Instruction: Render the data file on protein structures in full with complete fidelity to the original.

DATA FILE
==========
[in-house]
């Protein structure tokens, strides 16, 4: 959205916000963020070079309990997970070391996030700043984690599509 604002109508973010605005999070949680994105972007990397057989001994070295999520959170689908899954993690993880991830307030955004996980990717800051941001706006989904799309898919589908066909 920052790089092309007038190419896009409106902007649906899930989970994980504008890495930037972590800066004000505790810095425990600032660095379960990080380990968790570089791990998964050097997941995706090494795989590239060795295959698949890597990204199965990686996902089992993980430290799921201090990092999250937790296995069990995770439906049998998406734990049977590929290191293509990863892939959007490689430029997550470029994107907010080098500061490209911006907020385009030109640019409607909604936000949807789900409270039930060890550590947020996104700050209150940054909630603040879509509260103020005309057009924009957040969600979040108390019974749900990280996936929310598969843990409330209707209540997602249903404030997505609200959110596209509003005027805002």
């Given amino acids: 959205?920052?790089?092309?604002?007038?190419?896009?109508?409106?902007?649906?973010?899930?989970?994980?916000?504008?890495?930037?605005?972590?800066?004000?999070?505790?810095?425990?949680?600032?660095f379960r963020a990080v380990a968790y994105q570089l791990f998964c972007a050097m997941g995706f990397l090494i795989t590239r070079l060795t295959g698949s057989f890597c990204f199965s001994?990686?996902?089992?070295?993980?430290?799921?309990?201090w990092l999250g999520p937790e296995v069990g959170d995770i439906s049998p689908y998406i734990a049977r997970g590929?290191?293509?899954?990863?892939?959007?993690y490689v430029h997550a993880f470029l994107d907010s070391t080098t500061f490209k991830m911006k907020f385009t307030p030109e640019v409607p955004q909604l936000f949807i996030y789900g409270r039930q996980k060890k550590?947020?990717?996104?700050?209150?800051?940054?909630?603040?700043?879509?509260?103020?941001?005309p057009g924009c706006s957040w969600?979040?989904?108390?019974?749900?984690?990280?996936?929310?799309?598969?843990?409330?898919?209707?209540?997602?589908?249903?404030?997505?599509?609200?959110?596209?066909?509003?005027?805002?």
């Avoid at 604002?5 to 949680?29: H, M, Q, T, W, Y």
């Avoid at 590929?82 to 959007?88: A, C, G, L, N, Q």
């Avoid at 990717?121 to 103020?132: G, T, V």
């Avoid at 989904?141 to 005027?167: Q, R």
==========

[in-house]
């Protein structure tokens, strides 16, 4: 959205916000963020070079309990997970070391996030700043984690599509 604002109508973010605005999070949680994105972007990397057989001994070295999520959170689908899954993690993880991830307030955004996980990717800051941001706006989904799309898919589908066909 920052790089092309007038190419896009409106902007649906899930989970994980504008890495930037972590800066004000505790810095425990600032660095379960990080380990968790570089791990998964050097997941995706090494795989590239060795295959698949890597990204199965990686996902089992993980430290799921201090990092999250937790296995069990995770439906049998998406734990049977590929290191293509990863892939959007490689430029997550470029994107907010080098500061490209911006907020385009030109640019409607909604936000949807789900409270039930060890550590947020996104700050209150940054909630603040879509509260103020005309057009924009957040969600979040108390019974749900990280996936929310598969843990409330209707209540997602249903404030997505609200959110596209509003005027805002």
């Given amino acids: 959205?920052?790089?092309?604002?007038?190419?896009?109508?409106?902007?649906?973010?899930?989970?994980?916000?504008?890495?930037?605005?972590?800066?004000?999070?505790?810095?425990?949680?600032?660095f379960r963020a990080v380990a968790y994105q570089l791990f998964c972007a050097m997941g995706f990397l090494i795989t590239r070079l060795t295959g698949s057989f890597c990204f199965s001994?990686?996902?089992?070295?993980?430290?799921?309990?201090w990092l999250g999520p937790e296995v069990g959170d995770i439906s049998p689908y998406i734990a049977r997970g590929?290191?293509?899954?990863?892939?959007?993690y490689v430029h997550a993880f470029l994107d907010s070391t080098t500061f490209k991830m911006k907020f385009t307030p030109e640019v409607p955004q909604l936000f949807i996030y789900g409270r039930q996980k060890k550590?947020?990717?996104?700050?209150?800051?940054?909630?603040?700043?879509?509260?103020?941001?005309p057009g924009c706006s957040w969600?979040?989904?108390?019974?749900?984690?990280?996936?929310?799309?598969?843990?409330?898919?209707?209540?997602?589908?249903?404030?997505?599509?609200?959110?596209?066909?509003?005027?805002?």
């Avoid at 604002?5 to 949680?29: H, M, Q, T, W, Y």
């Avoid at 590929?82 to 959007?88: A, C, G, L, N, Q």
């Avoid at 990717?121 to 103020?132: G, T, V």
């Avoid at 989904?141 to 005027?167: Q, R």